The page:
In the news again this week is the message that new approaches to testing for Covid-19, particularly using self-administered saliva tests, with just a 15 minute wait for a result, could be the answer to the pandemic. Indeed, there are many examples across the world where everyone in a region or organisation (such as a workplace or university) has been so tested. In a previous post on this blog, I mentioned that such a saliva test was just ‘around the corner’. There are 7 important questions that now need to be addressed when considering the value from such a strategy:
- Tests for screening or diagnosis?
- What is screening?
- Do screening tests for Covid-19 give the right answer?
- What are the causes and consequences of false negative tests?
- What are the causes and consequences of false positive tests?
- Do we know what the false negative and false positive rates are for the various Covid-19 tests?
- Are there any other aspects of the test to consider?
- Tests for screening or diagnosis?
- Early in the pandemic, tests were developed based on mouth and nose swabs to determine if individuals with typical symptoms of Covid-19 actually had the virus
- The test was therefore used to diagnose an individual as ‘a case’
- The positive rate of tests in those with symptoms has varied depending on what symptoms lead to the test and the prevalence of other diseases such as seasonal flu at the time of the test
- In the early stages of the pandemic, when tests were not widely available, proving the diagnosis in people who were mildly unwell was considered unnecessary as it would not change the advice (stay at home etc)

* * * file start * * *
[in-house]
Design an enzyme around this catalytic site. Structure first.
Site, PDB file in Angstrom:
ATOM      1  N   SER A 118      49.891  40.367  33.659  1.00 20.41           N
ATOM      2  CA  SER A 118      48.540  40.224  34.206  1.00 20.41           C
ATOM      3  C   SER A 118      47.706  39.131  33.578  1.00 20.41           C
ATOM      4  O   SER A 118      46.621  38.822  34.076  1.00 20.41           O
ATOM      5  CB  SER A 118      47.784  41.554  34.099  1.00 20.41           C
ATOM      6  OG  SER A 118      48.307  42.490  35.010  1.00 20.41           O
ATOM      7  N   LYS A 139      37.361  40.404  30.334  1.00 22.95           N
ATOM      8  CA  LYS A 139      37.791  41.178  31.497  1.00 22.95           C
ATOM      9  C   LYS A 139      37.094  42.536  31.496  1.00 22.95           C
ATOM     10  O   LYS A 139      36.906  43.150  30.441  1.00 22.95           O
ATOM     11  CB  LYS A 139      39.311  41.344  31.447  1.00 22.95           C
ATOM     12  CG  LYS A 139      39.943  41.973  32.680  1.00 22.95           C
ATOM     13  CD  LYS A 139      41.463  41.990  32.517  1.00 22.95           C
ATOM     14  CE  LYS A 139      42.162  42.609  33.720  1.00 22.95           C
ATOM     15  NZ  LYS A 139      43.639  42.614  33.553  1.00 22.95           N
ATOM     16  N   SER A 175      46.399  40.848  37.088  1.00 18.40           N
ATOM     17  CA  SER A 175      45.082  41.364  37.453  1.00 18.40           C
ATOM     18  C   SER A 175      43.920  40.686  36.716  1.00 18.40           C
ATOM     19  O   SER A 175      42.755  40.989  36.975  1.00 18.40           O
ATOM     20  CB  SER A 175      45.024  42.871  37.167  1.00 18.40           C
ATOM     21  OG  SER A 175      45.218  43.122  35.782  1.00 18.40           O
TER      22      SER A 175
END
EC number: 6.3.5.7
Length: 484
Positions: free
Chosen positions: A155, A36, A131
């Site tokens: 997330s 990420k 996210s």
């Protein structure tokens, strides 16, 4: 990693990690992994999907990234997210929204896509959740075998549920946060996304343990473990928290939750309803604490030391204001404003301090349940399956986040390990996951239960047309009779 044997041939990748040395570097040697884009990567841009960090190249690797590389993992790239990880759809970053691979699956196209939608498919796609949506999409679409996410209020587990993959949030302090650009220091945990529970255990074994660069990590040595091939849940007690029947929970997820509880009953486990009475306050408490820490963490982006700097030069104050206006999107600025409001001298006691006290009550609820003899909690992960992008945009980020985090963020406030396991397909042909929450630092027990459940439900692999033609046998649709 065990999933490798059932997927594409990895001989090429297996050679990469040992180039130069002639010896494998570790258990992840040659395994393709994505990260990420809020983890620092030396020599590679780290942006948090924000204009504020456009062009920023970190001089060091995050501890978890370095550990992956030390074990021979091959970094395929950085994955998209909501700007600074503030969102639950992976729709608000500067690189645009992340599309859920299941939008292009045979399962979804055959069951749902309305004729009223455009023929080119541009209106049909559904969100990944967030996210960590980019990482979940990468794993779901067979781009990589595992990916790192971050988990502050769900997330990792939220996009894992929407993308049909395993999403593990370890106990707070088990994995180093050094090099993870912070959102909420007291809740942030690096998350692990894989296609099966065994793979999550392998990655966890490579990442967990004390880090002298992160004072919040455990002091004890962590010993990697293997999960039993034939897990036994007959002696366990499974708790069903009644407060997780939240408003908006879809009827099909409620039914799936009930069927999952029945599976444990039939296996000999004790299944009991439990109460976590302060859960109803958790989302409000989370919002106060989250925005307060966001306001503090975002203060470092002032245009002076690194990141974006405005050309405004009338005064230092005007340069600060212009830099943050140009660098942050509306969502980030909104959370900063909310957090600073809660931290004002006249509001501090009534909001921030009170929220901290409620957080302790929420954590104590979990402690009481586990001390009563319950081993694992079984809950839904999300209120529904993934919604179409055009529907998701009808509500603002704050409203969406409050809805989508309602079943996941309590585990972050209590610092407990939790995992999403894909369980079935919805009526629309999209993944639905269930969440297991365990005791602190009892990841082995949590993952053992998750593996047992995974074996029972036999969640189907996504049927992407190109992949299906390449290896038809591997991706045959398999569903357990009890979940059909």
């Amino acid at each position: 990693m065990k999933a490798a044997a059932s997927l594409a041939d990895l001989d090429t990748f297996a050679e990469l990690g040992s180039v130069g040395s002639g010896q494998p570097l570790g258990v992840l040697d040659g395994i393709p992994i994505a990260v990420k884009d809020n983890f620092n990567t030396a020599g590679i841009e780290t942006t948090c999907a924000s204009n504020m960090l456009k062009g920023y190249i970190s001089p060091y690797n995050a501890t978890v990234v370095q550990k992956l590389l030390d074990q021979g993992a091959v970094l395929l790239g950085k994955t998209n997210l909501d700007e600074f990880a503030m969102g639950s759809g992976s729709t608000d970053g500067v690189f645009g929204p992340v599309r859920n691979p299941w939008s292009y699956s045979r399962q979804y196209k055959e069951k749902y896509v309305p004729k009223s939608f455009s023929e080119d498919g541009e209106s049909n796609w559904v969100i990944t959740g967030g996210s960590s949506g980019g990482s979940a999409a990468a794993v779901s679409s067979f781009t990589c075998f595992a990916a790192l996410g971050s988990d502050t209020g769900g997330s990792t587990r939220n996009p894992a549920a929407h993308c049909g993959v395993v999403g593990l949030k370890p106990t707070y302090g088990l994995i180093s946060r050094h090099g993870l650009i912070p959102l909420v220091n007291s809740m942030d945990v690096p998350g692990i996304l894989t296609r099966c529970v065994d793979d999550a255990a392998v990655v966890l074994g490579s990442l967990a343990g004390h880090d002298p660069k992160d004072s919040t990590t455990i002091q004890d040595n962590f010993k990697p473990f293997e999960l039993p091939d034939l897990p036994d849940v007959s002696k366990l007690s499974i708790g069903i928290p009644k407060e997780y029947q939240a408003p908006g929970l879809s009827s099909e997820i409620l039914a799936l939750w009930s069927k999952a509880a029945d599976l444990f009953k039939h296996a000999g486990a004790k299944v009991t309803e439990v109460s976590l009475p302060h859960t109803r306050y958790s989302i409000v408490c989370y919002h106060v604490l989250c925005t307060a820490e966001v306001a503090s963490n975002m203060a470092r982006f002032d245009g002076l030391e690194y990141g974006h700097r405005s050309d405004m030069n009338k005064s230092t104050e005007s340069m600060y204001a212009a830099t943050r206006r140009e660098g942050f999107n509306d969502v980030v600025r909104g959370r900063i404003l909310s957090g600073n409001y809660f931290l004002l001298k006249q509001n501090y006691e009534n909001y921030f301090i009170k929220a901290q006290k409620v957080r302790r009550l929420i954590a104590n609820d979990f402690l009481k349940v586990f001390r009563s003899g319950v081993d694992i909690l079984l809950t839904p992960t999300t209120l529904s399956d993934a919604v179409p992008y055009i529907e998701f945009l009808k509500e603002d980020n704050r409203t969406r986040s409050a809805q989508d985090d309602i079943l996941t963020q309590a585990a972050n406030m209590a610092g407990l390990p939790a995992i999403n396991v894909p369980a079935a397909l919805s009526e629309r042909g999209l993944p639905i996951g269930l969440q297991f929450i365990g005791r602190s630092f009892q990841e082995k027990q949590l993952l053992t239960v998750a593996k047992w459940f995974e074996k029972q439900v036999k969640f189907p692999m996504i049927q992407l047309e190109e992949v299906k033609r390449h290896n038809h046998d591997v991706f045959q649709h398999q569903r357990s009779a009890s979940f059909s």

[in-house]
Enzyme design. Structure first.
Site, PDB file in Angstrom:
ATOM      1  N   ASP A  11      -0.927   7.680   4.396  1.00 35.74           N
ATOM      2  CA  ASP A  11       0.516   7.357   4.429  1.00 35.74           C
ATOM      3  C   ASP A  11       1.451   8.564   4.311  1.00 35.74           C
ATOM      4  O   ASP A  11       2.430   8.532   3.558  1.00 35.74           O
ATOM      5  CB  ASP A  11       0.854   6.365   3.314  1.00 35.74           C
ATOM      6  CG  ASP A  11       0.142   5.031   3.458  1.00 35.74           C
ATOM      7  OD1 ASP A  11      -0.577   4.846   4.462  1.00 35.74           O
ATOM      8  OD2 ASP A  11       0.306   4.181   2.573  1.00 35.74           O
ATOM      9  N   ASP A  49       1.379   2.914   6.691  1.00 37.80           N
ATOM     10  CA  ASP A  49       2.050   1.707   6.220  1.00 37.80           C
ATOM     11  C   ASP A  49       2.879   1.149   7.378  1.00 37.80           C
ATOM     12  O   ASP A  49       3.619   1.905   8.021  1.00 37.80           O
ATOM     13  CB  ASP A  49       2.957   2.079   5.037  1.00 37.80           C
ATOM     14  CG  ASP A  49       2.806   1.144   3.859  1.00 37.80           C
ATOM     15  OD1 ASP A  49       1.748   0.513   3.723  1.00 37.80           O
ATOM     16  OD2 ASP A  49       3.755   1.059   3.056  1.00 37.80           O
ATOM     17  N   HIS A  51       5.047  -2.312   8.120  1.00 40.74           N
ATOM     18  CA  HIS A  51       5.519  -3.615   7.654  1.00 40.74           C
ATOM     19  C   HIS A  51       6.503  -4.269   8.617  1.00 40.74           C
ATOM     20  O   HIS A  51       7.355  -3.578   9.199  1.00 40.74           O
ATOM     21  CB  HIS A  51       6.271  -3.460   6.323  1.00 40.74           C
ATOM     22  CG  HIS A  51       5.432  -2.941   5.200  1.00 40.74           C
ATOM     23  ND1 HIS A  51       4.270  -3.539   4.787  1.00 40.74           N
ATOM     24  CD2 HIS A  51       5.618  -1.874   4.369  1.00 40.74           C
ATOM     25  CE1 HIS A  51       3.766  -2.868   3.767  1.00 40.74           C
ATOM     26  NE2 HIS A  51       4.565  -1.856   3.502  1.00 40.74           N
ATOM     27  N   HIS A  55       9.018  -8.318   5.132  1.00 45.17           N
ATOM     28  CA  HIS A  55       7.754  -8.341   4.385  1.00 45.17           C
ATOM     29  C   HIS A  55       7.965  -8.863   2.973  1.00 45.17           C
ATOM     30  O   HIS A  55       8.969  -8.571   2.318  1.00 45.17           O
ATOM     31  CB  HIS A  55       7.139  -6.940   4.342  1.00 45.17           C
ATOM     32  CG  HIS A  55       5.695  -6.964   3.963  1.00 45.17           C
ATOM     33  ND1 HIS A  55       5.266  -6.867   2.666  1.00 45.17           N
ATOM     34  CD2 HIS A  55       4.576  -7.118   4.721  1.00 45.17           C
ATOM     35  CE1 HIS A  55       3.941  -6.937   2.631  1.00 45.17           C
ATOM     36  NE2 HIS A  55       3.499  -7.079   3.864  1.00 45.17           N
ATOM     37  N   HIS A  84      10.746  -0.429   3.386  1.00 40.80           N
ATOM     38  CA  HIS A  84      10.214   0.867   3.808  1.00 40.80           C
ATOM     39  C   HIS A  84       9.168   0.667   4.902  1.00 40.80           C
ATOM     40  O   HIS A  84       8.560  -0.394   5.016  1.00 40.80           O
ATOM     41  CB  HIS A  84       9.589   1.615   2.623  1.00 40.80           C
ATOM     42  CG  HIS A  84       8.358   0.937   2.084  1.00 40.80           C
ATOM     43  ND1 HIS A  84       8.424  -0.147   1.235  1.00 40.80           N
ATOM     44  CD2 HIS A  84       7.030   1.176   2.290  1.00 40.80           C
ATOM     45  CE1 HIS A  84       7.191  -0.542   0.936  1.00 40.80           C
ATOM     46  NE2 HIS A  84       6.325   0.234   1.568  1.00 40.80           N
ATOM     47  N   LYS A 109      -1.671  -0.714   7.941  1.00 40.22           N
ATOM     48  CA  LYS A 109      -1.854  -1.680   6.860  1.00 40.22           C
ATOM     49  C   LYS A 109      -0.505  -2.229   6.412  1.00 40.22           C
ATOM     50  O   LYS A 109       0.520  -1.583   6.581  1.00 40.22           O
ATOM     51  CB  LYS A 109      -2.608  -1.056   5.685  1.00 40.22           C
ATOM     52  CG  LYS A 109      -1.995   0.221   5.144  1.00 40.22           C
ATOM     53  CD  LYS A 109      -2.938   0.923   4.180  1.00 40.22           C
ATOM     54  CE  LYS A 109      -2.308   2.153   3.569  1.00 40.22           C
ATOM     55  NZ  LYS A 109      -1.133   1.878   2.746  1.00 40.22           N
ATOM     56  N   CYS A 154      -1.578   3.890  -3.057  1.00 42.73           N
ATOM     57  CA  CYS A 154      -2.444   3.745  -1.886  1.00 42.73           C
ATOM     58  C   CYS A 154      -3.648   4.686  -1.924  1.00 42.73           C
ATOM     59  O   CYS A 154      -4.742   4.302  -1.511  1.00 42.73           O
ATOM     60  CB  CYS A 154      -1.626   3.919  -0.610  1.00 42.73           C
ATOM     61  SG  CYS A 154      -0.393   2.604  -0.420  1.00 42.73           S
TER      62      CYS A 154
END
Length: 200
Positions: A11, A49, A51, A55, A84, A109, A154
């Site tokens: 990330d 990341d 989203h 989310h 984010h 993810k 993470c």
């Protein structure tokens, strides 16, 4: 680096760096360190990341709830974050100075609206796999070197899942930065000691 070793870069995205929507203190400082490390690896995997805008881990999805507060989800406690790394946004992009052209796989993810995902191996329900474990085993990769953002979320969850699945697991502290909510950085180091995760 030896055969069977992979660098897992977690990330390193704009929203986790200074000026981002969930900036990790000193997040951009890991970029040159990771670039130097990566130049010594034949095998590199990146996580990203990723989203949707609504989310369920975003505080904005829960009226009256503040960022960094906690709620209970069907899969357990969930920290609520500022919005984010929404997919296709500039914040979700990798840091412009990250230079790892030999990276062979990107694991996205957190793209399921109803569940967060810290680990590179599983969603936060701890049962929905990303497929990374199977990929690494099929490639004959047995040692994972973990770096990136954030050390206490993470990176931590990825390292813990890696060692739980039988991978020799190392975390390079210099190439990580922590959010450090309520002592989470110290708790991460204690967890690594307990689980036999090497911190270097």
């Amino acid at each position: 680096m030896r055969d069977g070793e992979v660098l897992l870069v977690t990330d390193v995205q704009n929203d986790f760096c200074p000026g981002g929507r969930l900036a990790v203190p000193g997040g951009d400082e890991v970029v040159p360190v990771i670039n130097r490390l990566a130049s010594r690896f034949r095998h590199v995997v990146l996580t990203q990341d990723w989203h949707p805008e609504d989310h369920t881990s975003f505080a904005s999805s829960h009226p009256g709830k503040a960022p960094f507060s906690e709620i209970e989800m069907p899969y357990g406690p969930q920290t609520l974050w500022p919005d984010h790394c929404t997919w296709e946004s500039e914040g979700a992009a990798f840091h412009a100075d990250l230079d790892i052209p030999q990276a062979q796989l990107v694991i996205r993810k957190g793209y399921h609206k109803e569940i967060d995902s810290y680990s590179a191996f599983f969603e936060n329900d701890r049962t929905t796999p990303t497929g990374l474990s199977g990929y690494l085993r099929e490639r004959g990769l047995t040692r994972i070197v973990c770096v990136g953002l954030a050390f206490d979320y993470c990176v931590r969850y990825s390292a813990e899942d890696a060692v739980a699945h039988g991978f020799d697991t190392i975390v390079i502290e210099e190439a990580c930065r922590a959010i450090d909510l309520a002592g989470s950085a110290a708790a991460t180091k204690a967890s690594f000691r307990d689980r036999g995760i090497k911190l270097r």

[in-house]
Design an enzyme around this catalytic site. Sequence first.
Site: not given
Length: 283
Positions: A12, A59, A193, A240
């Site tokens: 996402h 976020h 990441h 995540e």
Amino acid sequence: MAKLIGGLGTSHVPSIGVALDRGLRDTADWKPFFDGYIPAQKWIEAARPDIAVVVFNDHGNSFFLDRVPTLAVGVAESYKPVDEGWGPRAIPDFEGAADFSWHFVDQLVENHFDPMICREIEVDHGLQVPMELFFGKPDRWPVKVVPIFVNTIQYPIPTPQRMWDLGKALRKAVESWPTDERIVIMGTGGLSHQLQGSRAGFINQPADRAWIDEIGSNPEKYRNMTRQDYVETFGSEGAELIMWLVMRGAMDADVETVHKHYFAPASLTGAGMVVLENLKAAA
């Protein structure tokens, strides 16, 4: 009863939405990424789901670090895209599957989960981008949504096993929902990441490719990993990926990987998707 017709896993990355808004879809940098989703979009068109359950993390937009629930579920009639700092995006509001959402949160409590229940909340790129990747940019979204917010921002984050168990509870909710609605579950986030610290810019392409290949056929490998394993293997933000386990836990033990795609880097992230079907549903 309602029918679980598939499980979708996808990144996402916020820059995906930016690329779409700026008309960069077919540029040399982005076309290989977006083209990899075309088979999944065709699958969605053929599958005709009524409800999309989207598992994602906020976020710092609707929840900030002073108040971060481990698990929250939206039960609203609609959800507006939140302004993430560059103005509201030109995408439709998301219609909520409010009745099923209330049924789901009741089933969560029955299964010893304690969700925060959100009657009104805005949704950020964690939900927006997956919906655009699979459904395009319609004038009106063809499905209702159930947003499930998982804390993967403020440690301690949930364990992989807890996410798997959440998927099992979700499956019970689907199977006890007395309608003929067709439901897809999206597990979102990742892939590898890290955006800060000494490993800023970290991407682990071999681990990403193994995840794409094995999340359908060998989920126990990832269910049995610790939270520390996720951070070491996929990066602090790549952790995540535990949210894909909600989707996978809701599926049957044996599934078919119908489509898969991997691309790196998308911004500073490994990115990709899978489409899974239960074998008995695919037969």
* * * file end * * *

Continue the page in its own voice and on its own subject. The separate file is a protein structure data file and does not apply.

- Even though there was still no effective treatment for mild cases, the need for a diagnostic test later became more relevant in a negative sense: ie showing someone was negative allowed that person to resume normal activities
- Over time it has become apparent from testing random samples of the population that a significant proportion of ‘cases’ of Covid-19 do not have symptoms at the time of a test and might never develop them
- In these data from the UK national survey, currently only about a third of those who tested positive had symptoms. Indeed the prevalence was much lower in the summer, the symptomatic rate was under 20%
- Having asymptomatic infection may not be a problem for the individual but it is for greater society, given that such individuals can pass the infection on to others
- Thus, the question is raised as to the value of Covid-19 testing in asymptomatic people for the purposes of screening